Each house flattened by the wildfires was in its own way a photo album. The people who lived there still see in their mind’s eye dad’s favorite chair, that swing in the backyard, that rug grandma gave them. That vacation to Yellowstone was captured by mom’s silly old camera she refused to surrender. On the wall near the bedrooms were those little tick marks with a pencil that showed the date and height of every kid who grew up in that house. Maybe there was even a little heart drawn next to each entry.
Each house vaporized was a memory inside, containing so much emotion, maybe even more than a mind could bear. Could be overwhelming. Probably is. Probably should be.
Imagine, therefore, how stuffed Cliff Branch’s head is. His ears are leaking memories.
“I am a Raider hoarder,” said the legendary Oakland Raiders wide receiver. “No, correct that. I am a professional Raider hoarder.”
In his house on Stonefield Lane in Santa Rosa there were three bedrooms, a TV room, a living room and a formal dining room. Yet, there was only one place to sit that wasn’t occupied by something, only one place to put one’s feet on the floor without kicking something. It was a chair placed in front of a television. Everywhere else was occupied. Everywhere, Branch emphasized with a certain panache.
“I used to have fun with Freddie Jensen, who owned the (now closed) Music Box,” Branch said. “I’d say, ‘Hey, Freddie, come on over and I’ll cook you dinner!’ Freddie would scream back — ‘I can’t come over. There’s nowhere to sit!’ And he was right. It was the only place to sit.”
Walking into Branch’s house, one would have to enter sideways because the wall on the right had a display case with three Lombardi trophies, replicas of the three the Raiders won in Super Bowls in which Branch played.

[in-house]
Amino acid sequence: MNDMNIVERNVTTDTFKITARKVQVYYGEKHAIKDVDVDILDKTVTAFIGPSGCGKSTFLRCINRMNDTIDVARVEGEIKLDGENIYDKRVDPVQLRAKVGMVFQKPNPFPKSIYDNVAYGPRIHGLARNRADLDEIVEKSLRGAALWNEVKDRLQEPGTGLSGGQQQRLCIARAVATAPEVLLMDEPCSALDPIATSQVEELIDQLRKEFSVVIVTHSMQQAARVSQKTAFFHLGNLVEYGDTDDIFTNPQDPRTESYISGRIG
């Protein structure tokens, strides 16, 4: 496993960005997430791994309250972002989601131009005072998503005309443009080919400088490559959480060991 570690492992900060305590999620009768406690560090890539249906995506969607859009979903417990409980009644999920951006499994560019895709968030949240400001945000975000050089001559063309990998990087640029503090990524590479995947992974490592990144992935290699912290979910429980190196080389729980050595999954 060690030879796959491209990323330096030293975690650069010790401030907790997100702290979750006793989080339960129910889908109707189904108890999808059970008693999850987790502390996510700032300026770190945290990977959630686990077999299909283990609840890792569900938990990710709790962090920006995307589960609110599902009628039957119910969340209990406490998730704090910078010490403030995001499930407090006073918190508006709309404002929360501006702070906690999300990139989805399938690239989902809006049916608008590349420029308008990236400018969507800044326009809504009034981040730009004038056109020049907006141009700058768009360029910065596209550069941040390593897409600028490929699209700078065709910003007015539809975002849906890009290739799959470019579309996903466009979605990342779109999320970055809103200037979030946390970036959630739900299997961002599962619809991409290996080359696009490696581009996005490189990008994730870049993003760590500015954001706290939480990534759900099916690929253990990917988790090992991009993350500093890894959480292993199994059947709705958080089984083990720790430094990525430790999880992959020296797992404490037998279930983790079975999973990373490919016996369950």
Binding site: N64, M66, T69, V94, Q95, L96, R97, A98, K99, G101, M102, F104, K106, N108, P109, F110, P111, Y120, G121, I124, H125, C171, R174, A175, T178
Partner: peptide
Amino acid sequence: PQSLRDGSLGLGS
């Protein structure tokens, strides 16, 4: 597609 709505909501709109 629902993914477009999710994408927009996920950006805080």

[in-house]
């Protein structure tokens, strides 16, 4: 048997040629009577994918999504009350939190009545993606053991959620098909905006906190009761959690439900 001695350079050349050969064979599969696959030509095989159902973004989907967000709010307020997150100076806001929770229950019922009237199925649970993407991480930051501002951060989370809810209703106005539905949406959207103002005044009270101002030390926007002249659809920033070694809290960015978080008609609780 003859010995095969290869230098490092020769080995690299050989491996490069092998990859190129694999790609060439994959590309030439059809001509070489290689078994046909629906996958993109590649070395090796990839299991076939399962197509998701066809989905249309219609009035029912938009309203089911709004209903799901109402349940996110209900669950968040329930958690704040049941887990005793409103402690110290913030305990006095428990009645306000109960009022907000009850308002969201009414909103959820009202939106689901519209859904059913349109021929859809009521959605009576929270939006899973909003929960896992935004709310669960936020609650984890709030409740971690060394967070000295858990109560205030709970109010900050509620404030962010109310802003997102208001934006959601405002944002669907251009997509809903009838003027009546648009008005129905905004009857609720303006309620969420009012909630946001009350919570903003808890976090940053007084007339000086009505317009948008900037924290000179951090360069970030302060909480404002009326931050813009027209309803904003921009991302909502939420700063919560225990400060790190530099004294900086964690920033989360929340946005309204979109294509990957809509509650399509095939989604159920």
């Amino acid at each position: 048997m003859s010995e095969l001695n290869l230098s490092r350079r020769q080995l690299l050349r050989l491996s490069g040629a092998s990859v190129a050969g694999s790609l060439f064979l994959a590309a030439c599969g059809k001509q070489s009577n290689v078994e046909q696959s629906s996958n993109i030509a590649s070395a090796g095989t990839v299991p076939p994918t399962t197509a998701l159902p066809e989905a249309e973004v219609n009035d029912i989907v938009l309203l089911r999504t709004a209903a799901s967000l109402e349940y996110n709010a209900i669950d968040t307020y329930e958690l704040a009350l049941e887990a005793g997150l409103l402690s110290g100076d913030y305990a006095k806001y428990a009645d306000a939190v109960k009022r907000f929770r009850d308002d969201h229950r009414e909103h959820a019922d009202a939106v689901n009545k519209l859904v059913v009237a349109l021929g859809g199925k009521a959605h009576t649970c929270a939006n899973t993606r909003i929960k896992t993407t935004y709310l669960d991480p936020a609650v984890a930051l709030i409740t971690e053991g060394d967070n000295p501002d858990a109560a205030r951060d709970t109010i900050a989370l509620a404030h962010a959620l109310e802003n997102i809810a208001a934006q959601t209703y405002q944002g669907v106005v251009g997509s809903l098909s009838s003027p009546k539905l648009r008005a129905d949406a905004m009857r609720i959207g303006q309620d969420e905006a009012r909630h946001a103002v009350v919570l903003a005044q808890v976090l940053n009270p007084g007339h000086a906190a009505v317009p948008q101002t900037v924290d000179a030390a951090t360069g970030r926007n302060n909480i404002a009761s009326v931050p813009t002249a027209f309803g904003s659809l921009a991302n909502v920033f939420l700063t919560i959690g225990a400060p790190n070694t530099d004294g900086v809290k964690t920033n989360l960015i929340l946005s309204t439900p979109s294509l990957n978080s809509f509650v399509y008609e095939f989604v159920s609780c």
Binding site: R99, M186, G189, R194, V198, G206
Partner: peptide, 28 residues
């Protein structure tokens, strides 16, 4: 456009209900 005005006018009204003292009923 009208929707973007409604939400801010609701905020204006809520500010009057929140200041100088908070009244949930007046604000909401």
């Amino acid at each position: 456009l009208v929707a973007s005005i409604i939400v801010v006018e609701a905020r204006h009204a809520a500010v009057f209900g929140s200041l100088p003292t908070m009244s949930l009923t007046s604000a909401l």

“Should have seen the eyes of the guy who came to fix my plumbing,” said Branch, 69.
The eyes of any newcomer remained wide open as they advanced forward. Where to start to describe? I made the mistake of saying it was like trying to describe the Smithsonian museum.
“It WAS a museum!” Branch quickly corrected.
Branch had eight Raiders helmets from the 14 years he was with the team. He had the four helmets from his Pro Bowl games. He had the football from his 500th reception.
He had 50 Raiders jerseys, all his Raiders helmets. His University of Colorado jersey, too.
Basically, if it was something he wore while playing football, Branch had it. Undergarments not included.
He wall-papered the house with pictures. Branch preferred 8x10 photos. More room for others. Like Branch with Freddie Biletnikoff. Branch with Muhammad Ali. All autographed. Like the one with Ken Stabler. Or the one with Tiger Woods. And Charley Taylor. And Paul Warfield. Jim Brown. Tim Brown. Bob Hayes. Don Maynard. Mike Singletary. Lenny Dawson. All signed.
“I even got a Barry Bonds jersey from the year he hit 73 homers,” Branch said.
There’s Branch with the Temptations. Posters. Lithographs. And so on and so on and so on …
And one special picture. Of Dick “Night Train” Lane. “He was my favorite player,” Branch said. Interesting Branch would say that. Night Train is a Hall of Fame defensive back. Branch caught 67 touchdown passes against a lot of defensive backs. Maybe it’s because Night Train played like a Raider.
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